3 The various tendencies which can be observed in the later pseudepigraphical and apocalyptical writings are of considerable value in any consideration of the development of thought illustrated in the Old Testament itself.
The early myths, legends and traditions which can be traced differ profoundly from the canonical history, and the gap is wider than that between the latter and the subsequent apocalyptical and pseudepigraphical literature.
Moreover, the important body of apocalyptical and pseudepigraphical literature, with all its links between Christianity and Judaism, fell into disfavour on both sides.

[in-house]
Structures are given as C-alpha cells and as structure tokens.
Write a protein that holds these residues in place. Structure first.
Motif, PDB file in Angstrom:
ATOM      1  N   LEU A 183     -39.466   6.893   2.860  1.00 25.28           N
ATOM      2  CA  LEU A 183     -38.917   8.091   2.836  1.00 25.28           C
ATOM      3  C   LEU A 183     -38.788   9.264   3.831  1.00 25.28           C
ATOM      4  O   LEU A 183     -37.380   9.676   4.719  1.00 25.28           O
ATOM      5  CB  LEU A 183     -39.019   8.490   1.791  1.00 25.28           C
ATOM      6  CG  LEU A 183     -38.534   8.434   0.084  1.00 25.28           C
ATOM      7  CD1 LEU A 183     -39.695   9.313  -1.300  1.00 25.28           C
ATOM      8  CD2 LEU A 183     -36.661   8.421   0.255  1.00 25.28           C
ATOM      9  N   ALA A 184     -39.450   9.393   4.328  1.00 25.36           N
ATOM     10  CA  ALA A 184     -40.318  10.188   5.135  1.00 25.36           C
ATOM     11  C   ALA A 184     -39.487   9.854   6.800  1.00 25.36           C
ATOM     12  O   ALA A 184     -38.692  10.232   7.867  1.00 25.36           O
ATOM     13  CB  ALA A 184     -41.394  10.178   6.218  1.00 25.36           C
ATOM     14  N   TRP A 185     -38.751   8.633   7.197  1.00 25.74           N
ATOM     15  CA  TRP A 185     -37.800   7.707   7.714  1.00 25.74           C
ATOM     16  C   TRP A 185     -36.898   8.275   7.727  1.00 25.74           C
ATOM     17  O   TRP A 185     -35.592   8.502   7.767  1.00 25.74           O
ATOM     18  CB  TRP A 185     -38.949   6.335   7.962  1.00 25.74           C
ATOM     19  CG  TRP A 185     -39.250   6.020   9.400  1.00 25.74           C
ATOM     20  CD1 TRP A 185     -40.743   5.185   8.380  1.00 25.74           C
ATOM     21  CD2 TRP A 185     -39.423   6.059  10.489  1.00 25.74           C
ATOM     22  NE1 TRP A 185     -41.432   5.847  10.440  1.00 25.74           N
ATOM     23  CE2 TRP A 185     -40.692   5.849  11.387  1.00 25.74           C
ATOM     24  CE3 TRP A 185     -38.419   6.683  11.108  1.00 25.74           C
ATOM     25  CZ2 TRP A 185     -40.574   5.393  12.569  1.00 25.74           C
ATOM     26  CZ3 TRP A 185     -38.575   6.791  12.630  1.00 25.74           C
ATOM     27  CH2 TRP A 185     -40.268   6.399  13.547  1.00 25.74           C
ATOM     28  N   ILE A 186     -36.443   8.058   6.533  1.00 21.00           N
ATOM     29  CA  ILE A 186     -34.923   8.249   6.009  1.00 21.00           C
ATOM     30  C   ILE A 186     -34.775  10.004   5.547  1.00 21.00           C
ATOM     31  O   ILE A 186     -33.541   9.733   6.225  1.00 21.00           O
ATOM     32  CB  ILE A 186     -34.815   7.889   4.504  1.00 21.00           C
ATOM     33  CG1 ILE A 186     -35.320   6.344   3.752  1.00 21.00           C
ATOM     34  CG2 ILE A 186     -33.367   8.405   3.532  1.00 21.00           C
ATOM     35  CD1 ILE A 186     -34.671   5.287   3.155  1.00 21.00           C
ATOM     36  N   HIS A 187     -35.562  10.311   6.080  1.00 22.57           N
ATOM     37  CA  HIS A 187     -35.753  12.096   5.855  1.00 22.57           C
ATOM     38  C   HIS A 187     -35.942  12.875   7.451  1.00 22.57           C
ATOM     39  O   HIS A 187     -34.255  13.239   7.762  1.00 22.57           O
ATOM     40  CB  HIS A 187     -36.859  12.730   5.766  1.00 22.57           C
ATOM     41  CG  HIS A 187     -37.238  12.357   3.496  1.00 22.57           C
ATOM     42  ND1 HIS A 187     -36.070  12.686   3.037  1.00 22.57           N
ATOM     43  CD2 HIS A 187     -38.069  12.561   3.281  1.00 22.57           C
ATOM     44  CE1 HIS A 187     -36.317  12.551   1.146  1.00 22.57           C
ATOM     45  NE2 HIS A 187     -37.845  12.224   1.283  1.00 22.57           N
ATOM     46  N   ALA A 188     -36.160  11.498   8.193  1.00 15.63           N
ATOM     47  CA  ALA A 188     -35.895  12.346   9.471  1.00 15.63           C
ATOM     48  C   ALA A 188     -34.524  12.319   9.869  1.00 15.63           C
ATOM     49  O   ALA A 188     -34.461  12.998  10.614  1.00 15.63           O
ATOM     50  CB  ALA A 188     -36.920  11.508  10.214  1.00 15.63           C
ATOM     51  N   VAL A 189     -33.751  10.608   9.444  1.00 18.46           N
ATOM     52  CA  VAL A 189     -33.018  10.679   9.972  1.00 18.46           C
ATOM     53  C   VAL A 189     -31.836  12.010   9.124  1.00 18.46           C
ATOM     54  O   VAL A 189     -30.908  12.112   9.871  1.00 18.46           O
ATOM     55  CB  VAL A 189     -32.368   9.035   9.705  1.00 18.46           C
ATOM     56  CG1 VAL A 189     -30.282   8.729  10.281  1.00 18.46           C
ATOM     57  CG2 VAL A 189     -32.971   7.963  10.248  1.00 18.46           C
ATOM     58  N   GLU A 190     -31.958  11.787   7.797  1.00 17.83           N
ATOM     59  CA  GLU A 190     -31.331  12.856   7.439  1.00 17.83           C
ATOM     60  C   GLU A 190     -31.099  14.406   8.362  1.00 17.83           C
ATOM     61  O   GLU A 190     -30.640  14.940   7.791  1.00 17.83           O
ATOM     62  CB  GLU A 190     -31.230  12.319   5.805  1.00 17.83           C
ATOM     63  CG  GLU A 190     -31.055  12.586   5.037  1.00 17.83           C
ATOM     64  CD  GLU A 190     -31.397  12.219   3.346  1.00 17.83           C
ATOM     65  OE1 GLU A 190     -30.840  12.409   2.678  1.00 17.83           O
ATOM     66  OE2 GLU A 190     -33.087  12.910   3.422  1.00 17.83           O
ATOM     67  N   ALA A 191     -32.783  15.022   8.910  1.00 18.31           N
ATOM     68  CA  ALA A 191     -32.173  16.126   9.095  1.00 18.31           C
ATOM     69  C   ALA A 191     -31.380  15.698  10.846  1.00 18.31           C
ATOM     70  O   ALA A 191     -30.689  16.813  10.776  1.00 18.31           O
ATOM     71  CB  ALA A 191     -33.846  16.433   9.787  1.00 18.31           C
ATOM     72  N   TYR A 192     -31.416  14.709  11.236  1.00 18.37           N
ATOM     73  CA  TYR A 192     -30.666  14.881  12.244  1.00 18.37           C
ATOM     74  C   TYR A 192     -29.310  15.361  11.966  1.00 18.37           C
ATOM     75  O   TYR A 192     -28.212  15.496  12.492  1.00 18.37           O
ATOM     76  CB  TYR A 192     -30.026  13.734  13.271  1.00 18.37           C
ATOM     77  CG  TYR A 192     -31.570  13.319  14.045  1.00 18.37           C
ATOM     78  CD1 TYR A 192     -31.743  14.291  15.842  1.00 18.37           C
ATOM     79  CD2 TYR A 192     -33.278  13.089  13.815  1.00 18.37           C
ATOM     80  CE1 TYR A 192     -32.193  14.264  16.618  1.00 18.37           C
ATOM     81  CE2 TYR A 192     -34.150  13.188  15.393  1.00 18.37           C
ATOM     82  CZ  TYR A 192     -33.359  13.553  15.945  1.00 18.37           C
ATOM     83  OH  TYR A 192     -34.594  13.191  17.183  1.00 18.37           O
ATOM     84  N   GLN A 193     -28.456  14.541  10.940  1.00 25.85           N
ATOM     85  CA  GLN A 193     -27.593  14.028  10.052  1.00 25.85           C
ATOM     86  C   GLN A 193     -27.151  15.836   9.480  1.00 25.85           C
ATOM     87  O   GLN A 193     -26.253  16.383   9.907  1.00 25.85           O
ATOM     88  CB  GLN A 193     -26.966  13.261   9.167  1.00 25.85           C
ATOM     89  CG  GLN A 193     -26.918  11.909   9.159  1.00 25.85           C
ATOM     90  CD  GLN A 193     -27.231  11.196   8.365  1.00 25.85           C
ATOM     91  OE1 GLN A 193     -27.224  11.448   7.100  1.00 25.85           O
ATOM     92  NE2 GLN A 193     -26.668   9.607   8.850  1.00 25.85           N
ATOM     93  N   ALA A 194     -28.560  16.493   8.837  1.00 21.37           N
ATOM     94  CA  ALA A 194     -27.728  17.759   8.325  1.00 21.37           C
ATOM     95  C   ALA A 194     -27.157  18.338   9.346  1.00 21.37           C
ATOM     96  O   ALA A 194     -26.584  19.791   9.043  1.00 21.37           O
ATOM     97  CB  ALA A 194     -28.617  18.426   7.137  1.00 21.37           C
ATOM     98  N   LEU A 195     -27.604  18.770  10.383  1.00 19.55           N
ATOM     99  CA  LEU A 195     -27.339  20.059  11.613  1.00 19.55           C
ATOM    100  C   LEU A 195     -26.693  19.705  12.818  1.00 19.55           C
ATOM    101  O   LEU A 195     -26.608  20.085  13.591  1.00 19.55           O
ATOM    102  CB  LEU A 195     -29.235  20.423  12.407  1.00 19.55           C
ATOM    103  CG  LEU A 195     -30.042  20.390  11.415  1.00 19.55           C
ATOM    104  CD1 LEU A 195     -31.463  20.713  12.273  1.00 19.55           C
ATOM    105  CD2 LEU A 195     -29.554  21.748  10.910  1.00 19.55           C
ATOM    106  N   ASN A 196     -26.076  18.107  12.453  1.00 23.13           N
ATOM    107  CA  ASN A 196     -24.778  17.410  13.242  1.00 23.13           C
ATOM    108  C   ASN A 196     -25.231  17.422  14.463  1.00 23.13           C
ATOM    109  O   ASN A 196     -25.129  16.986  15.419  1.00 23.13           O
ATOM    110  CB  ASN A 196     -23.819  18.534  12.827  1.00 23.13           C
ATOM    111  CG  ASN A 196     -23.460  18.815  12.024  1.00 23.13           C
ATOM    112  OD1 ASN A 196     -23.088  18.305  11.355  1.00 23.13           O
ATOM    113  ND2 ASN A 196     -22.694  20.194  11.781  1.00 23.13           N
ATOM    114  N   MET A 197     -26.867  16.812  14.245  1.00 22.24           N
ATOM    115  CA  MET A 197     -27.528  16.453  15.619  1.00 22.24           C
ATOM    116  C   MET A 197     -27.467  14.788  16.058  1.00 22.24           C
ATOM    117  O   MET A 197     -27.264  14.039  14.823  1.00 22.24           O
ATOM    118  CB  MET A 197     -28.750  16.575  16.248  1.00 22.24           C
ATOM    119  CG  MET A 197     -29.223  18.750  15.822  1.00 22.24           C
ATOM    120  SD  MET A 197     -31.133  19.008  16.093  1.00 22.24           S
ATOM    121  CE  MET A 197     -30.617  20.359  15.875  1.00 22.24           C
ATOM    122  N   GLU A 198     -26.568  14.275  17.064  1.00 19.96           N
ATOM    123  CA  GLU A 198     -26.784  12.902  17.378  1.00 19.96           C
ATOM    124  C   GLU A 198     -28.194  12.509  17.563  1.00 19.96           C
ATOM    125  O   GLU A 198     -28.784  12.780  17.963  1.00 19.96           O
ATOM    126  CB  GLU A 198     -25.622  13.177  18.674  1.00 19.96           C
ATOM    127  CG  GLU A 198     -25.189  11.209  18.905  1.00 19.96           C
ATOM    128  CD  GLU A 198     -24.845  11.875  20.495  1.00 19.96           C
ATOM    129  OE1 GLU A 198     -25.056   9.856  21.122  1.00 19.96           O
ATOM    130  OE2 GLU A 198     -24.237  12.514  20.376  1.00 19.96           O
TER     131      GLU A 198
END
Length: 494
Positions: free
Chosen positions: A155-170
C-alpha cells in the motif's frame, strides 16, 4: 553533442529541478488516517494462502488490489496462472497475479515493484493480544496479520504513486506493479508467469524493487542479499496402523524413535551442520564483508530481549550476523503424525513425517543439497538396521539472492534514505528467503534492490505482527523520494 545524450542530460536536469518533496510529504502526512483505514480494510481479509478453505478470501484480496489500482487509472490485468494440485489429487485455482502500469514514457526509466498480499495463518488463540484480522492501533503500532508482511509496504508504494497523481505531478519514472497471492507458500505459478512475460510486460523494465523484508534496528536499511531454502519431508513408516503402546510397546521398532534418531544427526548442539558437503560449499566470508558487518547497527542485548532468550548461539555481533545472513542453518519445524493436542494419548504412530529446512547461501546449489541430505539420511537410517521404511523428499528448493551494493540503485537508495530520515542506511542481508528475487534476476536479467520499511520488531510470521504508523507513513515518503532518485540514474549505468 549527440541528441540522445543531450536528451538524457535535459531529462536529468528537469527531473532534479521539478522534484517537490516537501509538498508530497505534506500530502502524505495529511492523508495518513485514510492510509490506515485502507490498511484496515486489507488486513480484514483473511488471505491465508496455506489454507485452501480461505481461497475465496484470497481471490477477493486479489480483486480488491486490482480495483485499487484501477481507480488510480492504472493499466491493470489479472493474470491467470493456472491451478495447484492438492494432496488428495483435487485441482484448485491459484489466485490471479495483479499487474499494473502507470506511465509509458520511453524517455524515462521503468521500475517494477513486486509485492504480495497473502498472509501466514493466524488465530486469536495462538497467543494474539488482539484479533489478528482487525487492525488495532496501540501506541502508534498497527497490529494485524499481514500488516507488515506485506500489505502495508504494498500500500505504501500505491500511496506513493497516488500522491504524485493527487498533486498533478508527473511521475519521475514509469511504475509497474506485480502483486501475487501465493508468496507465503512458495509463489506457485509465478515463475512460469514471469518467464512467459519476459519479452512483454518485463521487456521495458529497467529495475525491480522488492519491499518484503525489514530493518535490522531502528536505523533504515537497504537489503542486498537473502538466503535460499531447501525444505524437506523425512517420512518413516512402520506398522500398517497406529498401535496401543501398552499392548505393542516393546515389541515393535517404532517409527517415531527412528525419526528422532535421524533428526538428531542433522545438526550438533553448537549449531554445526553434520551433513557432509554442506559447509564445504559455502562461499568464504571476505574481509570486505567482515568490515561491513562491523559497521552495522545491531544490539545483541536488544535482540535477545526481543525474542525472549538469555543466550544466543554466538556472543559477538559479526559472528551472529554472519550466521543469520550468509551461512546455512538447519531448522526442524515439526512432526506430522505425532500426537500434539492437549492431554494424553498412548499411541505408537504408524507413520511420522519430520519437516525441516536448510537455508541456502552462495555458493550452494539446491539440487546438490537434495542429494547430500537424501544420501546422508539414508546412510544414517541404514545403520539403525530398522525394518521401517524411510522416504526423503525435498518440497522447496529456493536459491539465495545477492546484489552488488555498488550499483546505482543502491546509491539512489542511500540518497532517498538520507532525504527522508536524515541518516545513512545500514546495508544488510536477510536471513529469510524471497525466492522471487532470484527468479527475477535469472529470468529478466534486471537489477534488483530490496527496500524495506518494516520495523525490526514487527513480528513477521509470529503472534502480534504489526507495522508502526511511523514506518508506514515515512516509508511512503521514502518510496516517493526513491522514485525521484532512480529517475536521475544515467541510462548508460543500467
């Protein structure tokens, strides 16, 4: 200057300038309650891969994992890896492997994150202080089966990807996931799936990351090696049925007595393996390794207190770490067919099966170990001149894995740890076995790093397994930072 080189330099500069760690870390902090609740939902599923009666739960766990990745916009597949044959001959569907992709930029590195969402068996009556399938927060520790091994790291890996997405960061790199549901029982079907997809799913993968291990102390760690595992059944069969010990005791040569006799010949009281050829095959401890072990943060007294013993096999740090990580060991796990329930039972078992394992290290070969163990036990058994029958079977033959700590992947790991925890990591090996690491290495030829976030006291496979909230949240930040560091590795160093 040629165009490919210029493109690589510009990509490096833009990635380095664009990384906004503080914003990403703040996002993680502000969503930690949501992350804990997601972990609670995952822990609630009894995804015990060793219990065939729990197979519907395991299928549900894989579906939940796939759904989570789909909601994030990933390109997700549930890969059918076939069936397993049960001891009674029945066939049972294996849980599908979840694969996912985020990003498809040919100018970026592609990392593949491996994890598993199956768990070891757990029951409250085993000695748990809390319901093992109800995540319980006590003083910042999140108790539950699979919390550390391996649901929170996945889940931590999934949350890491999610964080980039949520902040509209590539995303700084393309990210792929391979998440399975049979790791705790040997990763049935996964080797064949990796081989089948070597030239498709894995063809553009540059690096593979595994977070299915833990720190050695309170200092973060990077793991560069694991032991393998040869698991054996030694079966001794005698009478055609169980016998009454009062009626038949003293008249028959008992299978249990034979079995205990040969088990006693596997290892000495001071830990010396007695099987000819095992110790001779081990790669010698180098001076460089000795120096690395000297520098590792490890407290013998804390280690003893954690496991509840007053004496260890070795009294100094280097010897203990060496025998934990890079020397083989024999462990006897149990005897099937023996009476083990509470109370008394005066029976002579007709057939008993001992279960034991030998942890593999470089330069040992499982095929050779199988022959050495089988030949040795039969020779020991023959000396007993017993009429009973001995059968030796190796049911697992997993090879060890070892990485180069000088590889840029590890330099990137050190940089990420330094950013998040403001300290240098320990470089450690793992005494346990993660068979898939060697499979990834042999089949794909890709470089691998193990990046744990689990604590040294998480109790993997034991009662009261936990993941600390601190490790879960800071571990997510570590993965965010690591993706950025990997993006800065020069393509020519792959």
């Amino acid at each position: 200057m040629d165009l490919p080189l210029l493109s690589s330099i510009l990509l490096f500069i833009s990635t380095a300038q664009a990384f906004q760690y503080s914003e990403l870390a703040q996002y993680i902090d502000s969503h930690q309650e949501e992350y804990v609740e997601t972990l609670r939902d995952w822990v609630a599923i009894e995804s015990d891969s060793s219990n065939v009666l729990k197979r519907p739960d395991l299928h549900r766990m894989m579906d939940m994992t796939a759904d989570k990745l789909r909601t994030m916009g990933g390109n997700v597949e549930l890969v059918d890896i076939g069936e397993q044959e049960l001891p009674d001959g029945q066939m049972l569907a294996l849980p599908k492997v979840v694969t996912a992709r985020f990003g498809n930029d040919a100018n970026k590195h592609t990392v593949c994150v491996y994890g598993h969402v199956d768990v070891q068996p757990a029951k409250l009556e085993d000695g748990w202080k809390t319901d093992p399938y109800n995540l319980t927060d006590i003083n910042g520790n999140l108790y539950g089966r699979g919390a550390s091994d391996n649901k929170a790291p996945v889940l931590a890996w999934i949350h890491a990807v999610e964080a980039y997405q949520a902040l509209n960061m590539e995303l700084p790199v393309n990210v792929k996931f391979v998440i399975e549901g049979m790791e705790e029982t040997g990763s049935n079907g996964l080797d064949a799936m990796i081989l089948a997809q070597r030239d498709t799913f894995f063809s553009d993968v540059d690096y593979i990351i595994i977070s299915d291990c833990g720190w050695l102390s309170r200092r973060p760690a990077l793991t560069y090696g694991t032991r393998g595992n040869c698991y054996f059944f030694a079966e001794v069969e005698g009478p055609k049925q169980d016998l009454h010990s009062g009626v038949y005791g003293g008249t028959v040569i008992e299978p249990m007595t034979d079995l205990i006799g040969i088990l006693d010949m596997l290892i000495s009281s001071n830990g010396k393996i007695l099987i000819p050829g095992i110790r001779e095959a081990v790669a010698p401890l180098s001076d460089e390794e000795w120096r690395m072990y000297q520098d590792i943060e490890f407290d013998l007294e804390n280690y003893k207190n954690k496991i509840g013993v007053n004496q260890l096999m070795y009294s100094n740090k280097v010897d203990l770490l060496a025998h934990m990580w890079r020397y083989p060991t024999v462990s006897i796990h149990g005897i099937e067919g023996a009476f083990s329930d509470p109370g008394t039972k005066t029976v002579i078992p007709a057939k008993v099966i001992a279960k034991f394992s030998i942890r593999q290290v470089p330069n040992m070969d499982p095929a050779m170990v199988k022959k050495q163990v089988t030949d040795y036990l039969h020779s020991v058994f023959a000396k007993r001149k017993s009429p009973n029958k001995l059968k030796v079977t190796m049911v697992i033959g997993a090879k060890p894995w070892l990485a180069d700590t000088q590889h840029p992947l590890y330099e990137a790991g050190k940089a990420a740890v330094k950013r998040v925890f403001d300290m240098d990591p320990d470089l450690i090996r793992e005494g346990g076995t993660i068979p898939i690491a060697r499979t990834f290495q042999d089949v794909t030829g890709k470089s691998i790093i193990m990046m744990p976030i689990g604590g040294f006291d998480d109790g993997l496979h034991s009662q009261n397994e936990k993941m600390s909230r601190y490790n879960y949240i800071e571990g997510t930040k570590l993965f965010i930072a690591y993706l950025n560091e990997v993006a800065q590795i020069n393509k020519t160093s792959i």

Pseudepigraphical literature (especially those of R.
To reinterpret all these features as mere symbols, the lumber of ancient days, is to avoid the problem of their introduction into the Temple, and to assume an advance of popular thought which is not confirmed by the retention and fresh developments of the old ideas both in the pseudepigraphical literature and in the literature of Rabbinical Judaism.'